Salt is not only an indispensable seasoning for food, it is critical to life. Humans and animals alike need salt. Aside from this basic necessity, salt is a useful natural remedy internally and externally for many health conditions, including urinary tract infections, constipation, ringworm, boils, sinus congestion and a sore throat.
Salt is made up of two elements, sodium and chloride. The chemical symbol is NaCl.
Balanced salt levels in the body will maximize health. Too little or too much salt can cause health problems or even death. Animals also need salt. Farm stores sell salt licks for animals like rabbits and cows. These animals will natural lick the salt when their bodies require it. It is a wonderful thing that salt is so beneficial; it makes food taste wonderful!
A 110 pound person has about 40 teaspoons of sodium chloride in the body.1 By weight, a person has a similar concentration of salt as sea water. The presence of salt is realized if tears are sweat are ever tasted.
However, all salts are not created equal. Decades ago consumers had little choice when it came to salt. Currently even small grocery stores sell a variety of salt products. So the question becomes, which salt is best?
Usually when it comes to health, foods and remedies that have been processed the least are ideal.
Types of Salt
Iodized table salt is a processed salt. The trace minerals in the salt have been removed. Iodine, another critical element to life and health is added. And other chemicals are added as flow agents and anti-caking agents. These would include tricalcium phosphate and sodium aluminosilicate.
Other salts are mined from the earth. If they are not further processed they will contain salt (sodium chloride) and dozens of other trace minerals that can be used by the body.
Salts that have been harvested from the seas, like mined salts, contain an abundance of trace minerals, unless they are further processed.
Mined and harvested salts are, pound for pound, much more expensive that common table salt. However, even the pricier salts go a long way and do not make a noticeable dent in the budget for most consumers.
Current marketing can make it difficult to decide which unprocessed salt is the most health promoting. One may claim to have 50 trace minerals, while another will claim 80 trace minerals. However, unprocessed salts are composed mostly (about 98%) of simply salt (NaCl) and the remaining 2% will be trace minerals. With the RDA for salt being about ¾ of a teaspoon, 2% of ¾ teaspoon will not amount to much. These 2% of minerals certainly can contribute to overall health but they are not going to overcome a poor diet and lifestyle.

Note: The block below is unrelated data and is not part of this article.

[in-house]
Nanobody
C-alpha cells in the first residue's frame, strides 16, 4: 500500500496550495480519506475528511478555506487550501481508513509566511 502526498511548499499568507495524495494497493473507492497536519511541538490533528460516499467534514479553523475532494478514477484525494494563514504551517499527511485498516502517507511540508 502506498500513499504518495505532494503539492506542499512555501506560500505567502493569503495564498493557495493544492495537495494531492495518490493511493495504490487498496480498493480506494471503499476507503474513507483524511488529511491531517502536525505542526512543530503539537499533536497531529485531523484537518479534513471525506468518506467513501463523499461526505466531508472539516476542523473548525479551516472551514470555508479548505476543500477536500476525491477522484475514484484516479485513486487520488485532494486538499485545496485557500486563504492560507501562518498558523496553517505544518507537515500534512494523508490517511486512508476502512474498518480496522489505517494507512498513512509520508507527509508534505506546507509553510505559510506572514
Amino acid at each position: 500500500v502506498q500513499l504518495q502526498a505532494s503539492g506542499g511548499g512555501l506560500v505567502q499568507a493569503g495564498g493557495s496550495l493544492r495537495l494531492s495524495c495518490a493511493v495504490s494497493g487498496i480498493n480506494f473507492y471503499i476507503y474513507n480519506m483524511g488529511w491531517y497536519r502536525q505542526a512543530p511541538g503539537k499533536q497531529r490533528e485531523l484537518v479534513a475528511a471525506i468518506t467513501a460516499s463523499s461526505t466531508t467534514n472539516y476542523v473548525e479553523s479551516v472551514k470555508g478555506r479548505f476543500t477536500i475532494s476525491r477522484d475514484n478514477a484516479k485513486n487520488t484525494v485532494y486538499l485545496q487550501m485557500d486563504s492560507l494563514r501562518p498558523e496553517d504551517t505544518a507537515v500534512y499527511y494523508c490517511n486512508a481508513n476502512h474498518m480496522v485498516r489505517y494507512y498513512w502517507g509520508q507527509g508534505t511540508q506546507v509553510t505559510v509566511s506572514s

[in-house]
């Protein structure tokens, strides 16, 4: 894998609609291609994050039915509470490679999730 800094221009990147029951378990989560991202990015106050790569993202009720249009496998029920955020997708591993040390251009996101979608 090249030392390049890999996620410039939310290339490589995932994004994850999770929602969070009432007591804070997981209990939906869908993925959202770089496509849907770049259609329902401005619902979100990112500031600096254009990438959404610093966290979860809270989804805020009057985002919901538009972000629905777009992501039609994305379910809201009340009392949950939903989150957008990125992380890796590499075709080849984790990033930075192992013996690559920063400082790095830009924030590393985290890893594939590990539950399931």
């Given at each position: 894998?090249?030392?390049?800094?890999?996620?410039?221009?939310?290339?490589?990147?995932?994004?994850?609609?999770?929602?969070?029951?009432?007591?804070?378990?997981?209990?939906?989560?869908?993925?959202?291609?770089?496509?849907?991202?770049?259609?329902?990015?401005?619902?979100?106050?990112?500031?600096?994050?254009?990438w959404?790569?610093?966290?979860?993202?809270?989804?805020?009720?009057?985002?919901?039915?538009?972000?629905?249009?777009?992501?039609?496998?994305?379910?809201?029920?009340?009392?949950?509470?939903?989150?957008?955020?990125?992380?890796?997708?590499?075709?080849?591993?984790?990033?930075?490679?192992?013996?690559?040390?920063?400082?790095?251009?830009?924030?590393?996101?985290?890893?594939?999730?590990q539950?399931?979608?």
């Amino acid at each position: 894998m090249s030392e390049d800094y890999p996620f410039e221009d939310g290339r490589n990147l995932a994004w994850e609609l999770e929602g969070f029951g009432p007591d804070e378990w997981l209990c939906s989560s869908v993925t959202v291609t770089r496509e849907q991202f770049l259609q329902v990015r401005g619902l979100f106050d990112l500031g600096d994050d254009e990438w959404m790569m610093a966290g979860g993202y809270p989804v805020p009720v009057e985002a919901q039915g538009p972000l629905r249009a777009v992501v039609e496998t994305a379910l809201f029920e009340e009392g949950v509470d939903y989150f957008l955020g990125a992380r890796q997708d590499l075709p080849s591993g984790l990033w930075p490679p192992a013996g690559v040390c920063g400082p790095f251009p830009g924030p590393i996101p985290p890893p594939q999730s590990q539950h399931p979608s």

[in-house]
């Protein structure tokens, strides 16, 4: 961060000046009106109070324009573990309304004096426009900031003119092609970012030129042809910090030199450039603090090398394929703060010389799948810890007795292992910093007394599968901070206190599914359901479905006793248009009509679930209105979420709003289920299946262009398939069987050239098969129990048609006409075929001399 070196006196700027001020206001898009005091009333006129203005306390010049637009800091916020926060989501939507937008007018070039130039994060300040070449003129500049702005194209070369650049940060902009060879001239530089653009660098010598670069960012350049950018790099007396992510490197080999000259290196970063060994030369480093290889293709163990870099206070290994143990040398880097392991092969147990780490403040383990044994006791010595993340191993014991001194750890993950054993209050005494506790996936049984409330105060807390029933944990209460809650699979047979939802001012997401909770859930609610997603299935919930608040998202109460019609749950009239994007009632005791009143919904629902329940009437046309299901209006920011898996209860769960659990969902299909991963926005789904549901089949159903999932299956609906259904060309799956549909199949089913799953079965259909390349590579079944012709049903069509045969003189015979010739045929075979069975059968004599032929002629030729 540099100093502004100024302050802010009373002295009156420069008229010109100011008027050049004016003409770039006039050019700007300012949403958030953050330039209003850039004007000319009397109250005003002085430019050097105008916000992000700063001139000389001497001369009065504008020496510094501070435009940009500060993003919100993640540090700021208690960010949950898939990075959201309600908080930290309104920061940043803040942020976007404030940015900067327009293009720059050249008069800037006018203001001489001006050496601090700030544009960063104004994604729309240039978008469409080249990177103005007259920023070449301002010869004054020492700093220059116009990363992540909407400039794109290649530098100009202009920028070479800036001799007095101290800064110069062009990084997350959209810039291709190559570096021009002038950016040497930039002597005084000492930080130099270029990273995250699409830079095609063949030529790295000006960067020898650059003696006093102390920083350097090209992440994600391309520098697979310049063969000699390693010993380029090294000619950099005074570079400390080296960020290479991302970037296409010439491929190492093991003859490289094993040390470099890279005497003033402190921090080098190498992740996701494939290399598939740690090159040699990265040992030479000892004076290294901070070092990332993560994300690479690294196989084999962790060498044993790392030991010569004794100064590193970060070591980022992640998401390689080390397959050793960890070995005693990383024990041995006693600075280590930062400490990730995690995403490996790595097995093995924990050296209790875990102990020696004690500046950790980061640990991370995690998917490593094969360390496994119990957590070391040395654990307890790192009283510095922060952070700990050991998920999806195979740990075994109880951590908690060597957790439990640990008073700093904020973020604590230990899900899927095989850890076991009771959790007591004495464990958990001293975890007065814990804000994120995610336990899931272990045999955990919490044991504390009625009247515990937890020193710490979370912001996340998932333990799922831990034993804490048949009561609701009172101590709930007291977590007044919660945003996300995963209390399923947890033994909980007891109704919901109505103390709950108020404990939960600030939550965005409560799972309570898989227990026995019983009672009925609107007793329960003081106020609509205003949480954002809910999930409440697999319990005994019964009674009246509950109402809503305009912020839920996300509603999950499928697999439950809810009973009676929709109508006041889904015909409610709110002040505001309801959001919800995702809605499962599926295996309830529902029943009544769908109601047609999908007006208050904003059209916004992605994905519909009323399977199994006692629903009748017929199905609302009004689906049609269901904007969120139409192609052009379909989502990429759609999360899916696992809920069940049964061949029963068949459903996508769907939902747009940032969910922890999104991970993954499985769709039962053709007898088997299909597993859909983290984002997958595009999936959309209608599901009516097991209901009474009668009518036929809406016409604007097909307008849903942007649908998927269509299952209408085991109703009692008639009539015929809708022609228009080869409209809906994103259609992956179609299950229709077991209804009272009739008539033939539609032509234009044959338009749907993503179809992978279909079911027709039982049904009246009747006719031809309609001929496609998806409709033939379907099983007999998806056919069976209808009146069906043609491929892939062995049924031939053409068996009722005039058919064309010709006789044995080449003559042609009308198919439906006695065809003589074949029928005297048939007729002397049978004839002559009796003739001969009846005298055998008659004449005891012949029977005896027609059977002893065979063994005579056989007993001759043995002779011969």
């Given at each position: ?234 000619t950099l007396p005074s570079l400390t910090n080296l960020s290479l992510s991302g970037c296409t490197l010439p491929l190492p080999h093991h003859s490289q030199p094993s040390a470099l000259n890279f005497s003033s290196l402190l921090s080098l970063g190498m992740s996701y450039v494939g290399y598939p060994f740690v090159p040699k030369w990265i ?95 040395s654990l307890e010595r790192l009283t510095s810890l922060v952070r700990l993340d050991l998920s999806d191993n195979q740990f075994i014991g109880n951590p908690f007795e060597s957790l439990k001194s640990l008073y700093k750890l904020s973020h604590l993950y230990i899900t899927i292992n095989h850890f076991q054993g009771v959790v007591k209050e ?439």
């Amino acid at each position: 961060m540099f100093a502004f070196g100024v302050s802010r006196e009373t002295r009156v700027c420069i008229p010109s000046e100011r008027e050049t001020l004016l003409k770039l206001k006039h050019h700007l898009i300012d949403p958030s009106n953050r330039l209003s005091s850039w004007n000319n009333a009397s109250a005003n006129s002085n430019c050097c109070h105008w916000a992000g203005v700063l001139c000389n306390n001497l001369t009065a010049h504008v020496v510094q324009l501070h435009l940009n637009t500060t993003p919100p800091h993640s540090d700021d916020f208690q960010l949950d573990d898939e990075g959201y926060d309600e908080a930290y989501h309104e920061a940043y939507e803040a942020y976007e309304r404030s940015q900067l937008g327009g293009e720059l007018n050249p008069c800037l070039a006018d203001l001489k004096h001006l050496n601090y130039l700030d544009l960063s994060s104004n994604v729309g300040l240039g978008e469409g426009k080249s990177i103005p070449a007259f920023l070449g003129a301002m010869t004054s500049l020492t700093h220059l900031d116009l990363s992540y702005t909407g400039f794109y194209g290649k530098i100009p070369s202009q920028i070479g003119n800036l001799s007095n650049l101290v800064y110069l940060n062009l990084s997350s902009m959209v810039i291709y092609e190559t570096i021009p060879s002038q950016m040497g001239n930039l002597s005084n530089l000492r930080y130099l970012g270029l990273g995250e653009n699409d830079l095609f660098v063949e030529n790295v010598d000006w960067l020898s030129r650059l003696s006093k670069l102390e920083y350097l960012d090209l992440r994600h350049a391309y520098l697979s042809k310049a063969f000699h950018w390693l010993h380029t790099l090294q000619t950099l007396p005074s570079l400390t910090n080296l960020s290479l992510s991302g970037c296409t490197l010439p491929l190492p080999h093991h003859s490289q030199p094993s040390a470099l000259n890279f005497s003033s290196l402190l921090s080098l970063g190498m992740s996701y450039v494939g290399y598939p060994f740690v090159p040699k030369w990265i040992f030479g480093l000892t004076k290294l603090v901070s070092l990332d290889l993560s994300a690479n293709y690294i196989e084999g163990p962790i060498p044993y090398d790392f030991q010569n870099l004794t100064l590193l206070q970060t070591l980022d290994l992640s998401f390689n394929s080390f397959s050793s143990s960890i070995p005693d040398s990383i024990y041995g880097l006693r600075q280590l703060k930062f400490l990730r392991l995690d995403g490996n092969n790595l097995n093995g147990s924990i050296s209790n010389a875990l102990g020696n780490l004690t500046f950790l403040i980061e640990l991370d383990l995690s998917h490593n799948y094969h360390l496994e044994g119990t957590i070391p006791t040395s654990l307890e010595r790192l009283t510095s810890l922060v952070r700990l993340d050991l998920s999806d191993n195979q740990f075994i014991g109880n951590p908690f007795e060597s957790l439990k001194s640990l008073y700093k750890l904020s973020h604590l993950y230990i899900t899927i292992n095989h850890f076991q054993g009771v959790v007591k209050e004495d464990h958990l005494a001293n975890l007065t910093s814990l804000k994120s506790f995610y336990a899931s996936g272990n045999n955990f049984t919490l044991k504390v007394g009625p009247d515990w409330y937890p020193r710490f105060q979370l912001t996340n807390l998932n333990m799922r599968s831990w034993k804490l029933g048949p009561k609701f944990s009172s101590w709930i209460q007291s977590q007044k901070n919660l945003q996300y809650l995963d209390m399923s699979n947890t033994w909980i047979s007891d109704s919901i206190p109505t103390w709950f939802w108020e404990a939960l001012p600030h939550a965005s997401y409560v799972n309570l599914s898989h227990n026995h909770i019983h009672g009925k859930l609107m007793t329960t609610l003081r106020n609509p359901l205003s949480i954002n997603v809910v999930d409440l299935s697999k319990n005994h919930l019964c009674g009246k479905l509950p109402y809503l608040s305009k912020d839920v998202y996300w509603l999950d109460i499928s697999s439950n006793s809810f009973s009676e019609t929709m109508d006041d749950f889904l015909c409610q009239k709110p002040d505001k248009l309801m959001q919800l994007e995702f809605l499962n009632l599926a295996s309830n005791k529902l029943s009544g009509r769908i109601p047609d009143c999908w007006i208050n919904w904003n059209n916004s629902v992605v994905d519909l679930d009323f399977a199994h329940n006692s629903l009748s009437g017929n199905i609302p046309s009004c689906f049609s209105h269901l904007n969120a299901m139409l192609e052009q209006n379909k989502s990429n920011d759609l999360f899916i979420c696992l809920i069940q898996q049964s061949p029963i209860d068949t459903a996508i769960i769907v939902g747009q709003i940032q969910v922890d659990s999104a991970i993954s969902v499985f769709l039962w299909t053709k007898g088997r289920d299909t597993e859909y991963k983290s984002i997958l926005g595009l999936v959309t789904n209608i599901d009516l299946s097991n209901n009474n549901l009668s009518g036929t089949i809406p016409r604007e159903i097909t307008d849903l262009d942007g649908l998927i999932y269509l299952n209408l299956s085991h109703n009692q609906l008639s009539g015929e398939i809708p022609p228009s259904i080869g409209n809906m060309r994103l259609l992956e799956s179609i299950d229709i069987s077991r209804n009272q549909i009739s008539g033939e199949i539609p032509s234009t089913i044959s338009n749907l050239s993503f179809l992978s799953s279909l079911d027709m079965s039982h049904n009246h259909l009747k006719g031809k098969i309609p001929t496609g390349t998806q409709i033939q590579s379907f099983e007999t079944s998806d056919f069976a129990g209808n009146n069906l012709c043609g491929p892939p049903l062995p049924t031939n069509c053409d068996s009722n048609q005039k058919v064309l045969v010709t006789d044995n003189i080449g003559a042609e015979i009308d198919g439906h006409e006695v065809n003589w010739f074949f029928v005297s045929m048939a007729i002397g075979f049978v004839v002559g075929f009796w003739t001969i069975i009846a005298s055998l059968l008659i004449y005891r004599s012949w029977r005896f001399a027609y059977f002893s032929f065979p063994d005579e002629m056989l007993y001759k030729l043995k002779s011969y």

Another marketing claim is that mined salts are superior to salts that come from modern oceans and seas since mined salts have not been affected by pollution as the waters of the earth currently are.
All that said, it does still make sense to avoid processed foods, including salt and invest in an unprocessed salt. A bonus is that unprocessed salt tastes better, too! The trace minerals in a quality salt will compliment a healthful diet and lifestyle.
8 Health Benefits of Sea Salt
Hospitals routinely use a saline (salt) I.V. to give fluids to a patient. The salt helps the body to retain the needed water.
During times of illness that include fever, vomiting or diarrhea, it is necessary to replace lost fluids from sweating or purging. Adding a pinch of salt to a glass of water or juice will keep the water from being flushed out of the body.
Hot days and strenuous exercise can cause excessive sweating. Rehydrating with water plus a pinch of sea salt will help replace the salt the body has lost during sweating.
2. Urinary Tract Infection
½ to 1 teaspoon of sea salt, added to ½ – 1 glass of water is a natural remedy for bladder infections. This remedy may only be needed one time to be effective.
3. Salt Sock
A clean white tube sock can be filled with salt and tied off at the end. This salt sock can be heated up in the microwave (some keep a microwave just for this purpose!) and used on a ear for an ear ache. The salt can help draw out excess moisture.
Keeping the salt sock in the freezer will provide a ready made cold pack for bumps and bruises or to use on the base of the neck for a headache or migraine.
For a sore or dry throat a sea salt gargle will help thin post nasal drip, alleviate dryness and kill germs in the throat.
Mix ¼ teaspoon salt into ½ cup warm water and gargle. Repeat the gargle as needed.
5. Mouth Rinse
The same solution used for gargling can be used to rinse the mouth to relieve canker sores. ( ¼ teaspoon salt in ½ cup warm water.)
6. Sinus Rinse
Sea salt sinus rinses can be used in a Neti pot to rinse the sinuses to help a sinus infection, relieve congestion, remove pollen and allergens, or help with overly dry sinuses.
Simply add ½ teaspoon sea salt to a cup of warm water and use the mixture in a Neti pot.
If a Neti pot is not available, try snorting the mixture up into the nose, one nostril at a time. The salt water can also be dripped into the nose with an eyedropper. (This may be the easiest way to get salt water into children’s noses!)
Vials of saline solution (salt solution) are commonly used in nebulizers. This can bring moisture to the lungs and delivers salt to the lungs for antimicrobial purposes.
Sea salt added to bath water can help to clear up skin conditions like boils and eczema. 1 cup of sea salt is added to a bath.
Continue reading to find out how our readers have benefited from sea salt! Please let us know how you use sea salt for your health!